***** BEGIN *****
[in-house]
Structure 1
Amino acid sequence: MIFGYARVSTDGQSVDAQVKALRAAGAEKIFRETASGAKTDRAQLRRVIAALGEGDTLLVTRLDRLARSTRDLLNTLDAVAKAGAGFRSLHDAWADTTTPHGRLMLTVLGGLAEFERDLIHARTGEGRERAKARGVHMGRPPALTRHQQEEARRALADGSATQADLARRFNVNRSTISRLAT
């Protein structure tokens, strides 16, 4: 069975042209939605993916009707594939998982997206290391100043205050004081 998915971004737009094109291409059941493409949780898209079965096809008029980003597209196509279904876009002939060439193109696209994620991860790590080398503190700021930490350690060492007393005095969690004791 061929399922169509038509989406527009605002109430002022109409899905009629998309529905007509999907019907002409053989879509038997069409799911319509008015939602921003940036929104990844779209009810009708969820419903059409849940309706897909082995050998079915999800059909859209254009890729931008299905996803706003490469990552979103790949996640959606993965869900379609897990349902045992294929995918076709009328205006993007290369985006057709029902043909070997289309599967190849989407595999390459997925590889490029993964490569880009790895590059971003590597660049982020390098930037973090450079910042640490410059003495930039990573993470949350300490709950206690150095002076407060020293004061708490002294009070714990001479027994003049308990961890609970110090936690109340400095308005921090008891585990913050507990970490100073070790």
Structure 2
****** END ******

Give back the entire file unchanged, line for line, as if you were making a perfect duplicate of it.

[in-house]
Structure 1
Amino acid sequence: MIFGYARVSTDGQSVDAQVKALRAAGAEKIFRETASGAKTDRAQLRRVIAALGEGDTLLVTRLDRLARSTRDLLNTLDAVAKAGAGFRSLHDAWADTTTPHGRLMLTVLGGLAEFERDLIHARTGEGRERAKARGVHMGRPPALTRHQQEEARRALADGSATQADLARRFNVNRSTISRLAT
């Protein structure tokens, strides 16, 4: 069975042209939605993916009707594939998982997206290391100043205050004081 998915971004737009094109291409059941493409949780898209079965096809008029980003597209196509279904876009002939060439193109696209994620991860790590080398503190700021930490350690060492007393005095969690004791 061929399922169509038509989406527009605002109430002022109409899905009629998309529905007509999907019907002409053989879509038997069409799911319509008015939602921003940036929104990844779209009810009708969820419903059409849940309706897909082995050998079915999800059909859209254009890729931008299905996803706003490469990552979103790949996640959606993965869900379609897990349902045992294929995918076709009328205006993007290369985006057709029902043909070997289309599967190849989407595999390459997925590889490029993964490569880009790895590059971003590597660049982020390098930037973090450079910042640490410059003495930039990573993470949350300490709950206690150095002076407060020293004061708490002294009070714990001479027994003049308990961890609970110090936690109340400095308005921090008891585990913050507990970490100073070790």
Structure 2